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Ron Moore (#110 of 5)

Battlestar Galactica Recap Season 4, Episode 20, “Daybreak, Part 2”

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Battlestar Galactica Recap, Season 4, Episode 20, “Daybreak, Part 2”

Sci-Fi Channel

Battlestar Galactica Recap, Season 4, Episode 20, “Daybreak, Part 2”

“Daybreak, Part 2,” the series finale of Battlestar Galactica, is about as audacious and ambitious a piece of television as I’ve ever seen. There’s basically no way the episode doesn’t end up being deeply polarizing (and, indeed, it already is), but outside of a few small moments, I found it pretty tremendous, first a fittingly epic action ending and then a sweet and enigmatic series of character endings. I suspect, as seems to often be the case with this show, that what I liked about the episode will end up driving the rage of those who hated it, but, as always, it really does come down to whether you’re more interested in watching the show for the characters or for the mythology. If you’ve been spending the last few weeks trying to figure out how discontinued Cylon model Daniel fits into things, you were probably sorely disappointed. If you’ve been spending the last few weeks, however, trying to figure out how the writers were going to close off the problematic Baltar (James Callis) character arc, then you were probably deeply satisfied. “I know about farming,” indeed.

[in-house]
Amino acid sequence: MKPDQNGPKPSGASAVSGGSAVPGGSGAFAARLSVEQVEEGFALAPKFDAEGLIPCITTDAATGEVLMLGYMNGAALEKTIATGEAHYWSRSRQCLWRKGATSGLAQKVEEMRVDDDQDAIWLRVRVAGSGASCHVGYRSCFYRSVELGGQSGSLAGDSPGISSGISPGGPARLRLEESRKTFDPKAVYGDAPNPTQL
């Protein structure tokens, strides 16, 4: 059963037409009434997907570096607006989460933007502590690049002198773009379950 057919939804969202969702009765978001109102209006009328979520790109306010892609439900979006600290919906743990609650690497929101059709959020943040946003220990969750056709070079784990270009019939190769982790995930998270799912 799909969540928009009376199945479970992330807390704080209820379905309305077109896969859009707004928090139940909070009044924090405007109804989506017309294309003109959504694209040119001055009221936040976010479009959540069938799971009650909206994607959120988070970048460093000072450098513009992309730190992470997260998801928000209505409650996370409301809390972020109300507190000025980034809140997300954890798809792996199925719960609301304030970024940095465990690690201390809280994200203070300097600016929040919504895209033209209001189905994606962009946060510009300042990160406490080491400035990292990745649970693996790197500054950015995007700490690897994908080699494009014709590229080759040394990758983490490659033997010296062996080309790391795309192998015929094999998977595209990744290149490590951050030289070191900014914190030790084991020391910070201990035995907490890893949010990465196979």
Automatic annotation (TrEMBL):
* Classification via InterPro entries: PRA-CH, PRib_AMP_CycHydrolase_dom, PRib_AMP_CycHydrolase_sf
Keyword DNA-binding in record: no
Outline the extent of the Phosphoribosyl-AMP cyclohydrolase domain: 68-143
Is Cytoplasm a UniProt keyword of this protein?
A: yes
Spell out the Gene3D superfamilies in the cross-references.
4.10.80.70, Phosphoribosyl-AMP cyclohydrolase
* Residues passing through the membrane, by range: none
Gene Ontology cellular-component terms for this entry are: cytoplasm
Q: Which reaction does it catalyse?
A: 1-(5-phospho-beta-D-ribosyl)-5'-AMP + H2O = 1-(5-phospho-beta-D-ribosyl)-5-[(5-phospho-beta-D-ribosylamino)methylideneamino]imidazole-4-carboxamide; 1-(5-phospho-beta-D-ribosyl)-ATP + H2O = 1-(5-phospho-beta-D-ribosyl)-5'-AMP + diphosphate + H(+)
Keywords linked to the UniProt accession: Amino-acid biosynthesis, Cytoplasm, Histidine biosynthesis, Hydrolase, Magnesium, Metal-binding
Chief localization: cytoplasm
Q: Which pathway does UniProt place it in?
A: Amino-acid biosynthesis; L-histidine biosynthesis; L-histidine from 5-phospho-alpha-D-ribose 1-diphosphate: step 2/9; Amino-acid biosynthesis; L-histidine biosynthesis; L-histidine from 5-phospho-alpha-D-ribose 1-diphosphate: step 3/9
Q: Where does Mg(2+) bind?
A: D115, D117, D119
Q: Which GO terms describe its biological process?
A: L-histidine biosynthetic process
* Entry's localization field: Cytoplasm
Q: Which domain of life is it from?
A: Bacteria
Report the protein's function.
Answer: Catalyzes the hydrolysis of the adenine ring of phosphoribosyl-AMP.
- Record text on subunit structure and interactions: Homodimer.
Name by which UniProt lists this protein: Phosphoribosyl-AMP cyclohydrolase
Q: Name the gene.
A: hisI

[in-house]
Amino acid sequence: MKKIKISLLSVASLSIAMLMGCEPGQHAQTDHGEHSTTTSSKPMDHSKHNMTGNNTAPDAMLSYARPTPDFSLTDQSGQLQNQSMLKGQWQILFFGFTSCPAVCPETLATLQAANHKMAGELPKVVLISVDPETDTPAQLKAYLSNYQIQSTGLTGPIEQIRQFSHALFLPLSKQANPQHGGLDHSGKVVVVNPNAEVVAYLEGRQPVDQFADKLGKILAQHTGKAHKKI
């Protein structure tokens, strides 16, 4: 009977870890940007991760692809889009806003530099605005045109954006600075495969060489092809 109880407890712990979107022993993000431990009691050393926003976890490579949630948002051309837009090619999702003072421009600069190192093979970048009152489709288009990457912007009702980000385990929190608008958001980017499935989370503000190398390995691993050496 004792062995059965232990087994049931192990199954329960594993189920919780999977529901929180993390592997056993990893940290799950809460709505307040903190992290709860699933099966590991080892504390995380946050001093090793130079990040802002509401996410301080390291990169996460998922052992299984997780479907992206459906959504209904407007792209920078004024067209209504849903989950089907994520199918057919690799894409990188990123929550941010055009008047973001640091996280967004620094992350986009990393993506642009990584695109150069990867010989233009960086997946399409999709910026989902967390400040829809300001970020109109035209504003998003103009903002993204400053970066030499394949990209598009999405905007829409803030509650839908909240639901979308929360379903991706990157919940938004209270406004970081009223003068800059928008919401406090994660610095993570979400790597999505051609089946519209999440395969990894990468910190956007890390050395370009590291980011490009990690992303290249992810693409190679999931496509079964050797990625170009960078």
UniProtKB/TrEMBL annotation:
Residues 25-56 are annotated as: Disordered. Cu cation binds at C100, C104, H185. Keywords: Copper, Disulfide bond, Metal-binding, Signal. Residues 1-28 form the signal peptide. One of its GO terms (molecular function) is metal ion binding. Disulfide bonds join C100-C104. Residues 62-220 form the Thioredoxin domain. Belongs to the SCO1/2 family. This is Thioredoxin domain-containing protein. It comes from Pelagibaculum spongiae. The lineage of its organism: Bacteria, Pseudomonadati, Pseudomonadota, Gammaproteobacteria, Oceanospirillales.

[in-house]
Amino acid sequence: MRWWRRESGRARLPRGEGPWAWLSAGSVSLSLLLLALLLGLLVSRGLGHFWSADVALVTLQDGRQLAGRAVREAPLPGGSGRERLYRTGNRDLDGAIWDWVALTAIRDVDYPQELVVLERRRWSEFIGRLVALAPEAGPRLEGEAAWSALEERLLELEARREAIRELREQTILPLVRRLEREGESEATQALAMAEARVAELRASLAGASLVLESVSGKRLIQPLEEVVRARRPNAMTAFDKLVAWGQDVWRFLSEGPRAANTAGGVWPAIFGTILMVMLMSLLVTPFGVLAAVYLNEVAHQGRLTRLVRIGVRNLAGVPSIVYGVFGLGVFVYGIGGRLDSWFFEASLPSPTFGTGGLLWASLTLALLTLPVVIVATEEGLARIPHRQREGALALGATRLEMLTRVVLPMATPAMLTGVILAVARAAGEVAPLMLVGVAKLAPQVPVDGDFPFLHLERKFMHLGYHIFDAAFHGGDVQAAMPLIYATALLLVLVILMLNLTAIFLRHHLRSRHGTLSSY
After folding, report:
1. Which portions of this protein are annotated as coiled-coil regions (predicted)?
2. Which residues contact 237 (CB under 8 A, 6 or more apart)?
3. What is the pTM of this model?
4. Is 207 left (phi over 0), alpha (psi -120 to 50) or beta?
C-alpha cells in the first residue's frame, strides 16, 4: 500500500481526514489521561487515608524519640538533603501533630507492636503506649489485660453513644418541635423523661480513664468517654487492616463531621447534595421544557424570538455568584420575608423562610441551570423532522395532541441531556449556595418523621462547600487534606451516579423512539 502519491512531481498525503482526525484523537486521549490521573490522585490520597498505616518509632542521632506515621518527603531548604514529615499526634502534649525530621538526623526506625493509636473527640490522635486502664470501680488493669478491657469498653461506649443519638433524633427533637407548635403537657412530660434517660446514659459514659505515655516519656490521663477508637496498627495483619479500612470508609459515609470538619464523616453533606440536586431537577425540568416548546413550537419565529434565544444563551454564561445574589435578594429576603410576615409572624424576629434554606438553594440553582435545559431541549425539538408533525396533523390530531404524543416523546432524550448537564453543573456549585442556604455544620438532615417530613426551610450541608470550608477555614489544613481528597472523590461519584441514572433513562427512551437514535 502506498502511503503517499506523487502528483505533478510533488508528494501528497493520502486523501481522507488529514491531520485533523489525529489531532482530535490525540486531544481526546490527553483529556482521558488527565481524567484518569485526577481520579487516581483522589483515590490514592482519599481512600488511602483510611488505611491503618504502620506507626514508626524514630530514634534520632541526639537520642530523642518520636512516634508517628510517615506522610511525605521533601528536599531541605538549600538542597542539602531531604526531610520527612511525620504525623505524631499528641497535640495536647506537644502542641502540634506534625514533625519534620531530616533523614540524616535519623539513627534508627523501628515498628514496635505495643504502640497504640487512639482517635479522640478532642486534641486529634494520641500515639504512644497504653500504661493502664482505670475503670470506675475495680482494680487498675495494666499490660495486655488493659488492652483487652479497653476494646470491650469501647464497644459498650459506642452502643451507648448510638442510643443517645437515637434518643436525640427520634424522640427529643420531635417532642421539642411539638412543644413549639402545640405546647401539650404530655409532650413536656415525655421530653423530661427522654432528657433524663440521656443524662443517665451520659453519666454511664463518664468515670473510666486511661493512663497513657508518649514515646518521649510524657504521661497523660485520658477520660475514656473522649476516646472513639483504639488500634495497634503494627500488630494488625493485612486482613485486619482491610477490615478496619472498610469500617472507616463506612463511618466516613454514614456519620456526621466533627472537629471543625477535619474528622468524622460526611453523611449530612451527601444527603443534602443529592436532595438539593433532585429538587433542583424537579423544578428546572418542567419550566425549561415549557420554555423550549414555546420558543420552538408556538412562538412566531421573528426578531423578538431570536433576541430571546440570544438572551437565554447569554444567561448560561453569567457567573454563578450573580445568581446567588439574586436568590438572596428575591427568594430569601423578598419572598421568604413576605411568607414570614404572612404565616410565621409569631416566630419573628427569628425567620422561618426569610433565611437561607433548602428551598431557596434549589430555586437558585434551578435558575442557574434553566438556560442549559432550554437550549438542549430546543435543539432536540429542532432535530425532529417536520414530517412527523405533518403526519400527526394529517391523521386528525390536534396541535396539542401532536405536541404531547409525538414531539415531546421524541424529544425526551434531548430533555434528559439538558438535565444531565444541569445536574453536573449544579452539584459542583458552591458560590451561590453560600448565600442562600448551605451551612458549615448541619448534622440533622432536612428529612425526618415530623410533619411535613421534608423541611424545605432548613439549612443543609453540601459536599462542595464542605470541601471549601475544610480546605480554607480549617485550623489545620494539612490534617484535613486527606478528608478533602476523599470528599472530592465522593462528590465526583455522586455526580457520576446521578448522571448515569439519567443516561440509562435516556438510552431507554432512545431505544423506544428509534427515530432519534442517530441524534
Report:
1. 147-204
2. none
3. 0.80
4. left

(And I know we say it every week, but we really, really mean it this week. I’m going to spoil the hell out of this below the jump, so abandon this review unless you’ve seen the thing.)

Battlestar Galactica Recap: Season 3, Episode 8, “Hero”

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<em>Battlestar Galactica</em> Recap: Season 3, Episode 8, “Hero”
<em>Battlestar Galactica</em> Recap: Season 3, Episode 8, “Hero”

Battlestar Galactica episodes that don’t strongly tie into the show’s mythology often rank among the show’s weakest, so it was a relief that the third season’s eighth episode, the stand-alone “Hero,” was a mostly subdued hour—a meditation on the nature of heroism that resisted the bombast that marks Galactica at its worst. While the story was slight, the ideas behind it weren’t, and the show’s actors made it a master class in how to perform ridiculous material without looking ridiculous.